GAZA CITY: Hamas chief Khaled Meshaal's visit to Cairo is not connected to any talks over the release of Israeli soldier Gilad Shalit, a senior Hamas official said on Wednesday.
"There is no connection between his visit and Shalit," said Sami Abu Zuhri, a spokesman for Gaza's Hamas rulers.
Meshaal, the Islamist movement's Damascus-based leader, arrived on Cairo on Tuesday, for what press reports suggested was a new round of indirect talks with Israel over a prisoner swap deal to secure the release of Shalit in exchange for hundreds of Palestinian inmates.
Officials in Israel and Egypt refused to confirm the report which was first published by the London-based Al-Hayat newspaper, although Israel's defense minister on Tuesday said there was "a grain of truth" in it.
Abu Zuhri said Meshaal would meet with Egyptian intelligence chief Murad Muwafi and Foreign Minister Mohammed Amr later on Tuesday for talks on bilateral ties as well as on the reconciliation deal between Hamas and its Fatah rivals, which was signed three months ago but has not been implemented.
"They will discuss several files, especially the political file and the Palestinian reconciliation agreement and how to implement it immediately," he said.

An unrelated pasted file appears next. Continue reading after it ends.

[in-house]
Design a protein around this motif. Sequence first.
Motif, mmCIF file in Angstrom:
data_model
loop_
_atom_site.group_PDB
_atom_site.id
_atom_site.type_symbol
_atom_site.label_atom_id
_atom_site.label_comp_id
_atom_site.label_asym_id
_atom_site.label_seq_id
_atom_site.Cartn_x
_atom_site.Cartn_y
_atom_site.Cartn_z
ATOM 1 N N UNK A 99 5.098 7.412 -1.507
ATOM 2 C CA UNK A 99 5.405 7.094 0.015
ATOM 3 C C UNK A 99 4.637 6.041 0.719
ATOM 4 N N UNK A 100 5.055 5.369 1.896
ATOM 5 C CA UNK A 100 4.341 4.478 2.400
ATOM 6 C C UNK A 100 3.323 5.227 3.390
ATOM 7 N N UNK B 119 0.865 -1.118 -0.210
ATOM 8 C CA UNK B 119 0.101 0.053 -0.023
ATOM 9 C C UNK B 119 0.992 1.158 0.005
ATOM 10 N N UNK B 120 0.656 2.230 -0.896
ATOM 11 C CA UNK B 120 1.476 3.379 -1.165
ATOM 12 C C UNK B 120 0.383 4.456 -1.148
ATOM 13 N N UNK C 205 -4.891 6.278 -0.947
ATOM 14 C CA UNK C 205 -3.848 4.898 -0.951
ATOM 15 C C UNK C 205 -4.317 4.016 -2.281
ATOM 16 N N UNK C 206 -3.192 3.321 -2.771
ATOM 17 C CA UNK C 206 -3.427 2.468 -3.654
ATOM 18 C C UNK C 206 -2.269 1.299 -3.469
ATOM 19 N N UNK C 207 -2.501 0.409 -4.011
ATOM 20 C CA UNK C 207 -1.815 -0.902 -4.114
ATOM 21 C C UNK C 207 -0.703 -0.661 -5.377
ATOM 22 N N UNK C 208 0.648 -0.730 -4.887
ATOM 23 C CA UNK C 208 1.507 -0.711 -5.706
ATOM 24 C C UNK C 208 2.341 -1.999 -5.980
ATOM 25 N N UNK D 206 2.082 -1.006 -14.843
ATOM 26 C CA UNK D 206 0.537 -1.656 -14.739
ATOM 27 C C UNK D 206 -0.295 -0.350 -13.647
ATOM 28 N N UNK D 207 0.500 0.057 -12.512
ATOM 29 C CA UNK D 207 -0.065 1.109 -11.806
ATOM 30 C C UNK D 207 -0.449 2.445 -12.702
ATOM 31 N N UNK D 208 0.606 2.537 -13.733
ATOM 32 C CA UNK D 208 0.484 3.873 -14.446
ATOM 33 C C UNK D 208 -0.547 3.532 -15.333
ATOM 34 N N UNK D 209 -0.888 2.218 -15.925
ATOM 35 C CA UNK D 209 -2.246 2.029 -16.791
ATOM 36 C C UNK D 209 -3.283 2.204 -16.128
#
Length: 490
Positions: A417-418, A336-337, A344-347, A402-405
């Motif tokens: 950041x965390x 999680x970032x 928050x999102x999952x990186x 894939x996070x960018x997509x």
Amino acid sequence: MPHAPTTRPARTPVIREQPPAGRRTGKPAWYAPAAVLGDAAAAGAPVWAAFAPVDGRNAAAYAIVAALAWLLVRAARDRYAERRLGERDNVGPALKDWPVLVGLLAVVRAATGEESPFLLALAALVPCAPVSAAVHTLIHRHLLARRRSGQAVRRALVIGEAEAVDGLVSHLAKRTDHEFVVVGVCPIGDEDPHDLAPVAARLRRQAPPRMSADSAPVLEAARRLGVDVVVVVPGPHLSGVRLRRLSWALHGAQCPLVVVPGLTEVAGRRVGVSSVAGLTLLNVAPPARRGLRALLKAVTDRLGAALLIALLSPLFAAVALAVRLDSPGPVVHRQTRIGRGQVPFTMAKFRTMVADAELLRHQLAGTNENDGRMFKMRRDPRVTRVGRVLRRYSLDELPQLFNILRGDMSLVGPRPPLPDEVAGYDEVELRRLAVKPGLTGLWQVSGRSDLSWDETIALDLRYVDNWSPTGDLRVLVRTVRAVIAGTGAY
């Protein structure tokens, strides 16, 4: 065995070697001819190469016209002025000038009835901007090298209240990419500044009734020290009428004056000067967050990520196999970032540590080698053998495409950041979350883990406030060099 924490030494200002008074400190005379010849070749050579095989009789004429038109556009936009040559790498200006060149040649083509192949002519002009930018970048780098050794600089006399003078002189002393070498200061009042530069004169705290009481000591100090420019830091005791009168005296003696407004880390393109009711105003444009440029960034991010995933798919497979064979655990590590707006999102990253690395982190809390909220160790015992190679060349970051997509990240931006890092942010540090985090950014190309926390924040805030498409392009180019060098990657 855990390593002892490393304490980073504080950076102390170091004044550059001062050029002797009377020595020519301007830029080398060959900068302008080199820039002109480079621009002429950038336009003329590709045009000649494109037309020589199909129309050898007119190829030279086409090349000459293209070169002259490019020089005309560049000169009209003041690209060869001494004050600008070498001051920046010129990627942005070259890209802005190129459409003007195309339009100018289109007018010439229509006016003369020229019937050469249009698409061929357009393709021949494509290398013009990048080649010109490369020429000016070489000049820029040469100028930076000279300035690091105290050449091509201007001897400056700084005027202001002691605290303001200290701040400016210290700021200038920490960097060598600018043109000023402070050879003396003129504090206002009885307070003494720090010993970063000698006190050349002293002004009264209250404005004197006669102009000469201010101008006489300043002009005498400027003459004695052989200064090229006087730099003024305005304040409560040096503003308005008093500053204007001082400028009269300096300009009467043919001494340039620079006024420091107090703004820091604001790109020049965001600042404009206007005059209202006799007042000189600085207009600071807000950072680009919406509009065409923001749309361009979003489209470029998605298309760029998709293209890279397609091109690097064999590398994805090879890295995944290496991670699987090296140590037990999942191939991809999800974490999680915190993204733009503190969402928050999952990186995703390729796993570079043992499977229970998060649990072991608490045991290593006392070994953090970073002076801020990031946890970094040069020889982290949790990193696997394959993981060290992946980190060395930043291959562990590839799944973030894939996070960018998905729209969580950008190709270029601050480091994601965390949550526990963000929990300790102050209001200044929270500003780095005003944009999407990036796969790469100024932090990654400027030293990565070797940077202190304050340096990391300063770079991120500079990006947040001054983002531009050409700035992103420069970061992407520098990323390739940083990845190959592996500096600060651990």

A senior source close to the talks between Hamas and the Egyptians also said Meshaal and his deputy, Mussa Abu Marzuk, were "not in Cairo to discuss Shalit."
"Meshaal and Abu Marzuk will not discuss the Shalit file with Egypt or with anyone else," he said, referring to the Israelis.
He said the two sides would also discuss the Egyptian security operation in Sinai, launched last weekend in a bid to clamp down on a surge of militant activity in the region.
"(Meshaal) will also talk with the foreign minister about the Palestinian attempt to get UN membership in September and they will discuss how Hamas can support Abu Mazen in this issue," he said.
He was referring to Palestinian president Mahmud Abbas who will personally present the request to the UN next month.
Hamas has paid little heed to the diplomatic campaign led by Abbas to secure UN recognition, not speaking out either for or against.
The decision to seek UN membership comes after direct peace talks with Israel ran aground late last year in an intractable dispute over Jewish settlement construction on occupied Palestinian land.